The state offered in evidence, as exhibits, certain audit records purporting to show the funds stolen from the First National store on the night of November 18, 1959. The records were objected to because of certain conflicting dates on the cash register tapes and the checkers' balance sheets; the defendant claimed that these conflicting dates impaired the accuracy of the audit. The state was required to prove a robbery if it was to secure a conviction under the second count, but it was not required to prove that any particular sum of money was stolen. See State v. Reid, 146 Conn. 227, 231, 149 A.2d 698. The probative value of evidence as to even the approximate amount taken was largely, if not entirely, in that this figure roughly corresponded to the amount of money testified to have been in the defendant's possession that same evening. The court was not in error in finding the foundation adequate for the admission of the exhibits in evidence. Their weight, of course, was for the jury. See cases such as Engelke v. Wheatley, 148 Conn. 398, 410, 171 A.2d 402.


Error is assigned in certain rulings admitting evidence concerning a laboratory test of the blood type of the defendant. The objection was on the ground that the information sought was a privileged communication between an attorney and his client. A ruling on evidence is to be tested by the finding. Facey v. Merkle, 146 Conn. 129, 131, 148 A.2d 261. On the basis of the finding, the defendant failed to show that any of the rulings were erroneous.

In connection with these rulings, we have decided to consider certain excerpts from the evidence which the defendant caused to be printed in an appendix to his brief. The state, in an appendix to its brief, followed the same erroneous course in presenting an evidential ruling. Excerpts of evidence pertinent to such rulings, should be summarized, or, if necessary, quoted, in the finding. Practice Book 405; Maltbie, Conn. App. Proc. 147. The reason for this rule is obvious in this case. The question of privilege was for the court to determine on the foundation as laid. 8 Wigmore, Evidence 2322, p. 630 (McNaughton Rev. 1961). When the court itself sets forth the factual setting in the portion of the finding concerned with a given evidential ruling of this type, we know what part of the foundation evidence the court credited and, so, the factual basis on which the ruling was made.

The state had offered evidence to prove that the decedent's blood had been typed and found to be type O and that bloodstains on a pair of trousers and a brown topcoat which the state claimed the defendant had worn on the day of the murder had also been typed and found to be type O human blood. The state then called Dr. Charles N. Warner, a jail physician, and asked him whether he had been requested by the public defender to do anything in connection with the defendant. An objection by the defendant on the ground that anything which Dr. Warner had done in connection with the defendant was in effect a privileged communication was overruled. The witness answered that he had taken a sample of the defendant's blood to have it typed. The fact that a blood analysis had been made was not, even though the analysis was at the request of the defendant's counsel, privileged on its face, although the result of the analysis might have been shown to be privileged. See Colton v. United States, 306 F.2d 633, 637 (2d Cir.), cert. denied, 371 U.S. 951, 83 S.Ct. 505, 9 L.Ed.2d 499; Turner's Appeal, 72 Conn. 305, 318, 44 A. 310; 8 Wigmore, op. cit. 2309, p. 596; McCormick, Evidence 93, 94. The testimony which was admitted appears to have been an essential part of any foundation for a possible claim of privilege between attorney and client. Colton v. United States, supra, 638. Except for one statutory exception irrelevant to this case, there is no privilege in Connecticut between physician and patient. Zeiner v. Zeiner, 120 Conn. 161, 167, 179 A. 644. There was no error in the admission of this testimony.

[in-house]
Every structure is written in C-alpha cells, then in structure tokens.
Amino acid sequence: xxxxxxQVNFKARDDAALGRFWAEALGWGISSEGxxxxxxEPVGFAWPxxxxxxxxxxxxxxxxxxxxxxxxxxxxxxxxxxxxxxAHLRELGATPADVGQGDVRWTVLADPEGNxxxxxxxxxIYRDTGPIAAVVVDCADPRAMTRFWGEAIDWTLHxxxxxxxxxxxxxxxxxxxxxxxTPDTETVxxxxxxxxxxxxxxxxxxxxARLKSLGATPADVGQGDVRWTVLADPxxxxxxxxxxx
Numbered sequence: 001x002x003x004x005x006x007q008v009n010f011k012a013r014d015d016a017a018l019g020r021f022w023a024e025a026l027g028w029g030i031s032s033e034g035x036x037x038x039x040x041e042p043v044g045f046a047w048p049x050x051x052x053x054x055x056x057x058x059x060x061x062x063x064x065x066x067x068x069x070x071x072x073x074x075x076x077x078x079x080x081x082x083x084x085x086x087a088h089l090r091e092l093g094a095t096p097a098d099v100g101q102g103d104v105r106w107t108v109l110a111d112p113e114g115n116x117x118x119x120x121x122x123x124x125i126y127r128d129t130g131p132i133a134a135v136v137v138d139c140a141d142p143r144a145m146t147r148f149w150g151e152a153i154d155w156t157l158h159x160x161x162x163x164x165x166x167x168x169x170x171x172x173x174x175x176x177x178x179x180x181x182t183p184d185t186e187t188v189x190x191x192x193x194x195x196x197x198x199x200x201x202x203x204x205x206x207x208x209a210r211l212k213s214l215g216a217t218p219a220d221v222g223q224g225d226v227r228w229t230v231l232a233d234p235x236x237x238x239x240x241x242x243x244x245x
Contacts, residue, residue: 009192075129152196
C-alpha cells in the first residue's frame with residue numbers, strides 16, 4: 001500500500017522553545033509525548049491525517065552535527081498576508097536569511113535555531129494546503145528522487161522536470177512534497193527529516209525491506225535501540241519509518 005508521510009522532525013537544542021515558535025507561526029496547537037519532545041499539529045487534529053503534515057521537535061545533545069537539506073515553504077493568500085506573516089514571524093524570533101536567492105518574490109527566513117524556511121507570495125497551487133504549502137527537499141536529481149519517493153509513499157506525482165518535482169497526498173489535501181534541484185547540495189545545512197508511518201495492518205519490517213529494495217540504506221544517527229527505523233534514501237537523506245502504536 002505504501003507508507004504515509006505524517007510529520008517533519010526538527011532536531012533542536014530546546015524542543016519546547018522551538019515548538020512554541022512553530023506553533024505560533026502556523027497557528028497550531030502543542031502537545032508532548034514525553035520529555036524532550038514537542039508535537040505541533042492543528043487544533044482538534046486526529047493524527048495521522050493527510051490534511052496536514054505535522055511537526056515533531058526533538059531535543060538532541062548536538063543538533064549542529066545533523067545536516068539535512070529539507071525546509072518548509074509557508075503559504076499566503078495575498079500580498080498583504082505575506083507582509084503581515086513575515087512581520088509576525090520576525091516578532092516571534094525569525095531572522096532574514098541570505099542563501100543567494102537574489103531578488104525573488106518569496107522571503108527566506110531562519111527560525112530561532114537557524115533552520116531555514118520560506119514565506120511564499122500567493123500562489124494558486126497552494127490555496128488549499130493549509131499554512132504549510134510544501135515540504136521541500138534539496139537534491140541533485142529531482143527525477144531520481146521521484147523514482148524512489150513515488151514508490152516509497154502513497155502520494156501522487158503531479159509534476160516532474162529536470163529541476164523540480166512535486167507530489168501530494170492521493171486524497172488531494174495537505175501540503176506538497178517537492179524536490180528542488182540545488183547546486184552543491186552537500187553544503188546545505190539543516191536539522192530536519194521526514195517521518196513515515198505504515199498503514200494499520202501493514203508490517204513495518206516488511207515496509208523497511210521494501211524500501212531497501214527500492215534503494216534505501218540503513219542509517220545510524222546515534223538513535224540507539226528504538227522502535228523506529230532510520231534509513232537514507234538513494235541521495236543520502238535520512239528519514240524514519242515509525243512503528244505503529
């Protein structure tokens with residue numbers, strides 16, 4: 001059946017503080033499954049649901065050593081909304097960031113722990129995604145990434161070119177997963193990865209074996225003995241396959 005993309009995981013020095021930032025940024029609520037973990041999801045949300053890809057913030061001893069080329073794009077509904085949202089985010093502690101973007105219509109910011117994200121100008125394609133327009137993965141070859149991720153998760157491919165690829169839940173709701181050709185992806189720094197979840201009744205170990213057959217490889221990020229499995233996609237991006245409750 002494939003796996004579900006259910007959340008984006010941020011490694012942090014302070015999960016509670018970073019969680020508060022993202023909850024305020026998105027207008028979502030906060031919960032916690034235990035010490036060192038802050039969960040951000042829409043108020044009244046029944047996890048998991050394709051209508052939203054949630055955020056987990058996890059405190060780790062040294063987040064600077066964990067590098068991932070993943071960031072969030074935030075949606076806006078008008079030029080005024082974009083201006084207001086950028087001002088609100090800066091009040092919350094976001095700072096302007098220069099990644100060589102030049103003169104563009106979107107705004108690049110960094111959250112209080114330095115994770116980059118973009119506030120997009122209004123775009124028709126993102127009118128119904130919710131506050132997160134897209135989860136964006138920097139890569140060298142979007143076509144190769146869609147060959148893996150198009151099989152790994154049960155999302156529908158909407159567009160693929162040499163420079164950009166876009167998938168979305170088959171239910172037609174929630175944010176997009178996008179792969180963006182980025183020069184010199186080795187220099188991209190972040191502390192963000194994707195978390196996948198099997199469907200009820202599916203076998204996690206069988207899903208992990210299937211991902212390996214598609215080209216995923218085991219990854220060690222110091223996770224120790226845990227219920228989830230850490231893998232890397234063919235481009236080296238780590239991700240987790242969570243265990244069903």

In the other rulings complained of, Phyllis Tyrrell, a laboratory technician at the Charlotte Hungerford Hospital, in Torrington, was allowed to testify that she had received a sample of blood from Dr. Warner marked with the defendant's name, that she had typed it, and that it was type A. We have decided to overlook procedural shortcomings and to consider that a proper objection to the admission of this evidence was made in a timely manner. The evidence elicited from Mrs. Tyrrell, apart from the result of the test — that is, the defendant's blood type — does not appear to have been privileged. The same may be said of the hospital record, which was admitted over objection. See cases such as Colton v. United States, supra, 637.